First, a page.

"California has lousy standards and assessments. If you want to see a state that gets it right, check out what they've done in [StateName]."
Actually, I've never seen this criticism. I hope for it every year, but it never comes through.
While it is a great and worthy exercise to criticize California's published and readily-available standards and assessments, the product of such criticism is a statement of "how it would be if I were king." And those are great. But alas, you are not king. Nor am I. (Make no mistake; I should be king. But I am not.) There is a process by which standards and assessments come about. The process is filled with panels, committees, the legislature, the state board of education, obligations to state and federal law, etc. None of which fetter your (or my) vision of the perfect assessment tool.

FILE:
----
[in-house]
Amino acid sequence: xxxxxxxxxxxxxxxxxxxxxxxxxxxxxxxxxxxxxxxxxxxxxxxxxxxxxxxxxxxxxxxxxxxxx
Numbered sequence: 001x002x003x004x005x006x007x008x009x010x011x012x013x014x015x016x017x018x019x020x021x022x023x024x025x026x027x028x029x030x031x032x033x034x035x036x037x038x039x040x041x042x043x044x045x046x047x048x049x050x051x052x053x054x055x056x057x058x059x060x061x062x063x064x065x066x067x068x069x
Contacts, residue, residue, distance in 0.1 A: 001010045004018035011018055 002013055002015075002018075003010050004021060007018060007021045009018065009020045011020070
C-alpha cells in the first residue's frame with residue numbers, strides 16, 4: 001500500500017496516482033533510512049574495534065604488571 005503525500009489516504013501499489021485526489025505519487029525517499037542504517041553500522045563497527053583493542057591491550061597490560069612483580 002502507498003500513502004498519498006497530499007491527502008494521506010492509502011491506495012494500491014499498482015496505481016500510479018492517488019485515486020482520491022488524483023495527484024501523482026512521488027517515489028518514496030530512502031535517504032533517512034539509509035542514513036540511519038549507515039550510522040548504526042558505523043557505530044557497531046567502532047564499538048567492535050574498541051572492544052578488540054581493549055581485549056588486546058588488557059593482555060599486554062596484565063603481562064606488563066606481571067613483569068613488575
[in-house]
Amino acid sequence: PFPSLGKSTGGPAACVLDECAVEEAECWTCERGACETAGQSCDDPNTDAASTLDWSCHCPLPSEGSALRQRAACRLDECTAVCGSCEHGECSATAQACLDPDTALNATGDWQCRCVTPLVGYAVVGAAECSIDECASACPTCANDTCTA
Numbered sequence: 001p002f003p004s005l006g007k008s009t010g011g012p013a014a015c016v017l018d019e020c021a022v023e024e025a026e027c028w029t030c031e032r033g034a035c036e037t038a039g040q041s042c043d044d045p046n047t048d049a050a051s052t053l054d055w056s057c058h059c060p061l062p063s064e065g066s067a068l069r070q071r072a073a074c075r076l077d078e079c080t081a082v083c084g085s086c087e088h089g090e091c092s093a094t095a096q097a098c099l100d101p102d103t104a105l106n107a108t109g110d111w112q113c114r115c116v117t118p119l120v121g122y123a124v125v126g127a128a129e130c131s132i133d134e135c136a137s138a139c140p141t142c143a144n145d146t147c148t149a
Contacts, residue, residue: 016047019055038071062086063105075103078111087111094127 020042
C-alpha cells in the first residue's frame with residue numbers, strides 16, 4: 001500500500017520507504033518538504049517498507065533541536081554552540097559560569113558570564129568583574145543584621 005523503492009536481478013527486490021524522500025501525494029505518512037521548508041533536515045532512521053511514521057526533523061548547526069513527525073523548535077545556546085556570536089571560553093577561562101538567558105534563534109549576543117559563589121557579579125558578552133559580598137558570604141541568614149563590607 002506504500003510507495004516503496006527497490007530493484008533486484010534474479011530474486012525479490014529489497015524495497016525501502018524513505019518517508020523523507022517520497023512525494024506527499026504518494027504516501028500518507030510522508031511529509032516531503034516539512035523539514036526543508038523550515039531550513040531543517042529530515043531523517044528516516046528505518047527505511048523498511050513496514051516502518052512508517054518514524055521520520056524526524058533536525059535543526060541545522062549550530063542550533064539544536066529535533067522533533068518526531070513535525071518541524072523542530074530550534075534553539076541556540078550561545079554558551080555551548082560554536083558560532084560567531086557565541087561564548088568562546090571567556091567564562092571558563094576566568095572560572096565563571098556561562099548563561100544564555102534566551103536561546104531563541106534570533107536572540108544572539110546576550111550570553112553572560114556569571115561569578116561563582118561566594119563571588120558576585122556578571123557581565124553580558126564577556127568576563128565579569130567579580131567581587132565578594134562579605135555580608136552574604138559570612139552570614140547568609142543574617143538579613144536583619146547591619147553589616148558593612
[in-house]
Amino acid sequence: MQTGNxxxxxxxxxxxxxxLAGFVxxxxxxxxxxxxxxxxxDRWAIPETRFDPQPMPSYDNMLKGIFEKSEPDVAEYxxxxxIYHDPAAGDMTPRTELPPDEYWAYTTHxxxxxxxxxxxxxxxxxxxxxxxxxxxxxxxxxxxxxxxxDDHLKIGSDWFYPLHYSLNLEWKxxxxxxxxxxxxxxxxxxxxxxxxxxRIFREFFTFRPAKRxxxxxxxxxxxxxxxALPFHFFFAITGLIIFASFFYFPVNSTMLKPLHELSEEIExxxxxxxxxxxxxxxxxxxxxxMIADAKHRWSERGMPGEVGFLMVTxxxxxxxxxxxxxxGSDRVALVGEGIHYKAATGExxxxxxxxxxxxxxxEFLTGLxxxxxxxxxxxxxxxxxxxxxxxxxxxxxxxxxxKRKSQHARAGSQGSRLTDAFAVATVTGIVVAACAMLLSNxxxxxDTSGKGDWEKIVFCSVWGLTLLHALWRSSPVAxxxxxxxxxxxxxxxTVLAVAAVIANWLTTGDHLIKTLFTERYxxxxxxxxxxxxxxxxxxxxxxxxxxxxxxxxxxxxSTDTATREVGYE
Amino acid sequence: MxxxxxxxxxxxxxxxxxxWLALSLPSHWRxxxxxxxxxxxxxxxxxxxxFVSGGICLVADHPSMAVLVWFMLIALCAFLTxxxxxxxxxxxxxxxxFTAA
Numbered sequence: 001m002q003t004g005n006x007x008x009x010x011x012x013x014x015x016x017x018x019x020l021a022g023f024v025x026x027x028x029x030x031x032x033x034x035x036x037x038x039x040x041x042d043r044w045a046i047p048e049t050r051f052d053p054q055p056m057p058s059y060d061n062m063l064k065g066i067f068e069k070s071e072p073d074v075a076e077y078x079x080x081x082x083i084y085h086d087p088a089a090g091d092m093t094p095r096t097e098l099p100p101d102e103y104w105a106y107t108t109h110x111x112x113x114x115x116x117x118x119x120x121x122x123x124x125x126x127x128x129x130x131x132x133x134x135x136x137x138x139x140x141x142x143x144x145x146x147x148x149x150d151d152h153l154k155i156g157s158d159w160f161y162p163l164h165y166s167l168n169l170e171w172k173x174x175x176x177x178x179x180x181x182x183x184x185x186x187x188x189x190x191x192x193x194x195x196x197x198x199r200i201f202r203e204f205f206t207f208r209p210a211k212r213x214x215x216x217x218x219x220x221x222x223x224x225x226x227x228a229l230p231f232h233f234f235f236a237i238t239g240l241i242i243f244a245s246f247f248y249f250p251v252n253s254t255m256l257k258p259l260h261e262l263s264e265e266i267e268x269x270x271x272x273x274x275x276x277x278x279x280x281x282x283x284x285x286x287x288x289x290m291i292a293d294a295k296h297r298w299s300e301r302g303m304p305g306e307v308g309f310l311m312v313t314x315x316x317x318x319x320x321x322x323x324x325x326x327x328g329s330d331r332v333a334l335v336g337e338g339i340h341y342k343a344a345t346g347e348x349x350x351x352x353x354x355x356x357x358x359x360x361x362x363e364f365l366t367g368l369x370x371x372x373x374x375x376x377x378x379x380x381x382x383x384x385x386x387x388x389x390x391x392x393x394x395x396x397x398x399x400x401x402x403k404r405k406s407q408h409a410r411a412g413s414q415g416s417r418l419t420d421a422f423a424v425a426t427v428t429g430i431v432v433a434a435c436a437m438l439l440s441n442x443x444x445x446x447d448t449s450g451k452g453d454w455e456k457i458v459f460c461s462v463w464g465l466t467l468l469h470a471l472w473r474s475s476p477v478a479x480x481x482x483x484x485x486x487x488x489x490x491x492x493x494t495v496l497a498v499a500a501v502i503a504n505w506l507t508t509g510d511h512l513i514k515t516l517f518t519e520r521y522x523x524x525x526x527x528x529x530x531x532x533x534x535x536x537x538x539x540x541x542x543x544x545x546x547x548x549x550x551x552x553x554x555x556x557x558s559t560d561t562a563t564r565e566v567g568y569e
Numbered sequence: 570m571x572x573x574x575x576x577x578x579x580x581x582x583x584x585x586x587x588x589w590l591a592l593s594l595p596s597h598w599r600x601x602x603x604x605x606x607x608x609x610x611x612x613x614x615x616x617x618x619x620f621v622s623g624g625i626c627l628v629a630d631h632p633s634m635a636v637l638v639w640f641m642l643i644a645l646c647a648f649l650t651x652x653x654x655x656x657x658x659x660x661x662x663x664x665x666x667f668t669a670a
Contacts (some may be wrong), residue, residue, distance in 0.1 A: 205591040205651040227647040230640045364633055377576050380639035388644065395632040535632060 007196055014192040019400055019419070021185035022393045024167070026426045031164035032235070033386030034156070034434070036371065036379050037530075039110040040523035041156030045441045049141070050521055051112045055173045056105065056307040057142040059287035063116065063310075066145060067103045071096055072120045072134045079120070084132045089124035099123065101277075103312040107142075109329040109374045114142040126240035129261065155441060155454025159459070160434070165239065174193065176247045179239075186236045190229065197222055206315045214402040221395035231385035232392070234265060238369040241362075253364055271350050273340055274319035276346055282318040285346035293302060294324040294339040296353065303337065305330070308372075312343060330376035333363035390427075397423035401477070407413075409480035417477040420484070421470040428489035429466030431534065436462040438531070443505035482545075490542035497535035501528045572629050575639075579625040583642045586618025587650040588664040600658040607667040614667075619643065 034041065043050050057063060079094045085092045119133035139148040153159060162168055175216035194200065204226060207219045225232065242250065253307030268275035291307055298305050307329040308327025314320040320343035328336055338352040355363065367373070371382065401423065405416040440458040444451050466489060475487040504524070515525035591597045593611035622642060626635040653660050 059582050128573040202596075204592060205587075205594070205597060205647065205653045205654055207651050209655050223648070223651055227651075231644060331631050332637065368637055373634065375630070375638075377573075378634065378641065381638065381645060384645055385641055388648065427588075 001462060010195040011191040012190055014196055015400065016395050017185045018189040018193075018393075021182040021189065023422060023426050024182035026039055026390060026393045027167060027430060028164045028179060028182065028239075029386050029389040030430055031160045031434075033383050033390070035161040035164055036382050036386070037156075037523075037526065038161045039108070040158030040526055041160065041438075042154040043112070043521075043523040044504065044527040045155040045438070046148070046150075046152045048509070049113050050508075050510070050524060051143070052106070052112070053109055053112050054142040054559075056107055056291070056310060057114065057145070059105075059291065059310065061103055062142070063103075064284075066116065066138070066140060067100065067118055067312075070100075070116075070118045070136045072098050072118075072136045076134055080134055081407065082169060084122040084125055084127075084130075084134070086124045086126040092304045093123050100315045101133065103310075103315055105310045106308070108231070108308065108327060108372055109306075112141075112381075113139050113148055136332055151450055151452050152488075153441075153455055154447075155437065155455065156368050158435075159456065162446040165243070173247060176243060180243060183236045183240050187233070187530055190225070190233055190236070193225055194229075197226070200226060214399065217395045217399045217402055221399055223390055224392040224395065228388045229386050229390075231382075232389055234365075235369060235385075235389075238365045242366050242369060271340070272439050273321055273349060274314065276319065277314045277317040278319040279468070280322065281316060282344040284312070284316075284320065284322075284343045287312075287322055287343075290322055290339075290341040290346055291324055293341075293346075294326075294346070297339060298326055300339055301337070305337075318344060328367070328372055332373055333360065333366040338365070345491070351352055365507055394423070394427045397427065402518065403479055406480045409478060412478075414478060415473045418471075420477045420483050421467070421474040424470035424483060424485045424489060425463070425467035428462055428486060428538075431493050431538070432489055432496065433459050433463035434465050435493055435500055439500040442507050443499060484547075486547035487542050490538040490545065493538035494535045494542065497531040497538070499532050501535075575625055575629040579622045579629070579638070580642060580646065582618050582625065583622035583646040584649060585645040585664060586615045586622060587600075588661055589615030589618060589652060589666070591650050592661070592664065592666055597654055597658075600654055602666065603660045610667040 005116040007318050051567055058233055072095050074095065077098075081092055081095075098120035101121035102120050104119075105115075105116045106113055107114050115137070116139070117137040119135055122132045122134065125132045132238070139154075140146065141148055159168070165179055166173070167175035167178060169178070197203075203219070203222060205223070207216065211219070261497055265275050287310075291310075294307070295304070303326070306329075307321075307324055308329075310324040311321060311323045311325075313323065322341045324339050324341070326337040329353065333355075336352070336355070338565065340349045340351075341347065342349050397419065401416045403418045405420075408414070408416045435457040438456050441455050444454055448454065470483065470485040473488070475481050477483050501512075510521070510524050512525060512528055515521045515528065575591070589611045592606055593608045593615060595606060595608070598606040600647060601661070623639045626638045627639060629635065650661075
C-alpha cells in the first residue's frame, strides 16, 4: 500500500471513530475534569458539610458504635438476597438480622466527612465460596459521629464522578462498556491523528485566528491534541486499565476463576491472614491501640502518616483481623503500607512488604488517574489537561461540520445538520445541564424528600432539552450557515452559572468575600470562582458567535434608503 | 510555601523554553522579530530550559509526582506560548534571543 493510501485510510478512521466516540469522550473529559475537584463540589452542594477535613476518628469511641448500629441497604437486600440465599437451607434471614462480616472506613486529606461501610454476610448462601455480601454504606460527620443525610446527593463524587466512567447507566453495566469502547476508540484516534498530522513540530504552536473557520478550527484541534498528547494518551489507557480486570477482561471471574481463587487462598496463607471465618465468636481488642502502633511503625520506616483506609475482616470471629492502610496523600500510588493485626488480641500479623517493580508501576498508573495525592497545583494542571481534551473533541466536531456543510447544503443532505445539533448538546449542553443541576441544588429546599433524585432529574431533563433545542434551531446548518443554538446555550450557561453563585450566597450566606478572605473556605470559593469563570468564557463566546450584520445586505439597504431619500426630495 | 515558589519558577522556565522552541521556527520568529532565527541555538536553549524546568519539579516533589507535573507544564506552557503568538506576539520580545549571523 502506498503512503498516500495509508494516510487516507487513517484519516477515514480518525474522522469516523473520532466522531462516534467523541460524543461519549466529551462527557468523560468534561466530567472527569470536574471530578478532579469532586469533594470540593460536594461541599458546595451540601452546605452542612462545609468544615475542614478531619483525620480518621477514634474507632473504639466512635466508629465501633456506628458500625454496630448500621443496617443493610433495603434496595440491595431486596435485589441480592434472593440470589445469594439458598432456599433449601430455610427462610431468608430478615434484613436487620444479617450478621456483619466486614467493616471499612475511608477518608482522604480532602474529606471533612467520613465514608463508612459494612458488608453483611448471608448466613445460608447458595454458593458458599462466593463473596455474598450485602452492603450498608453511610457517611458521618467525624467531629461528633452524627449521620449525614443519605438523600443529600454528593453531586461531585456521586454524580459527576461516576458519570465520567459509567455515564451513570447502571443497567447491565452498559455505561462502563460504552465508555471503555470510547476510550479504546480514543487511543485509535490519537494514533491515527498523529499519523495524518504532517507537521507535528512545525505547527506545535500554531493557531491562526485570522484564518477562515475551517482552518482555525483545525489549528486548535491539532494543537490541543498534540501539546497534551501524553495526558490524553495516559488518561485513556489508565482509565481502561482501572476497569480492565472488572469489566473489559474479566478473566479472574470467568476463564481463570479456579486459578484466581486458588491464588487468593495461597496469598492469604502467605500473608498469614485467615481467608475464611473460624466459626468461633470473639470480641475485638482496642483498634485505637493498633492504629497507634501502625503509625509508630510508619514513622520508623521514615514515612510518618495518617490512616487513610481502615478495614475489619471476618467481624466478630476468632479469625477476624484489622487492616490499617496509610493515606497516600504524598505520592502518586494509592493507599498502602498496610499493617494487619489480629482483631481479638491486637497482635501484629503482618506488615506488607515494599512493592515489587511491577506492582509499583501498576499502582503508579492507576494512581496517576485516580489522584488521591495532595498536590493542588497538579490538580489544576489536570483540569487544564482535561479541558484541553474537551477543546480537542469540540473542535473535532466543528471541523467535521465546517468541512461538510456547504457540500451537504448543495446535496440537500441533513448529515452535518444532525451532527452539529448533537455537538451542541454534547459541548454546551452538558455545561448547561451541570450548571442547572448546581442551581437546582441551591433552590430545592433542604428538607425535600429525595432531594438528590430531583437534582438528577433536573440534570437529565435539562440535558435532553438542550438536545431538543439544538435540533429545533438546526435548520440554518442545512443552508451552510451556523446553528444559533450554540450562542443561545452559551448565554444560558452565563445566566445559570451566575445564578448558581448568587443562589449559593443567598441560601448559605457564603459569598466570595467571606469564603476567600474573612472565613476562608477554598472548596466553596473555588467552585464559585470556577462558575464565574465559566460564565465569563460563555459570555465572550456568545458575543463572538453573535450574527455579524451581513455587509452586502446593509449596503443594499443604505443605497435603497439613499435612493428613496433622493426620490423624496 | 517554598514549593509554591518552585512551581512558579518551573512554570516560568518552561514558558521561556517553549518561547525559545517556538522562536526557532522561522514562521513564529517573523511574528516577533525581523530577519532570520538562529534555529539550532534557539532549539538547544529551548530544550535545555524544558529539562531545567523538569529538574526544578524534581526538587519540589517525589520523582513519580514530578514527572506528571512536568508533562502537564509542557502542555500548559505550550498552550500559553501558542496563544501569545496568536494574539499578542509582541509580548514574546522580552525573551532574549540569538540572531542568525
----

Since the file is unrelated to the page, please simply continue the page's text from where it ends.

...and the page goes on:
My challenge to the critics is to point out the state that got it right. Did Idaho nail it? Was it perfected in Kansas? Should we hope to emulate Texas? Which state does it in a manner you would approve of? (And your own state of mind doesn't count on this one.)
Some come close to this criticism when they mention Advanced Placement, SAT Physics, or the Force Concept Inventory.
The problem is that none of those are standards-based, criterion-referenced assessments intended for all high school students. That's what the CST is. So comparisons between the CST and those other exams are apples and oranges.
So let me rephrase to make the challenge more clear. California's statewide assessment of high school physics (The Physics CST) is the best one in the country. There isn't a single state in the union that does it better. If you think I'm wrong, let me know. And name the state.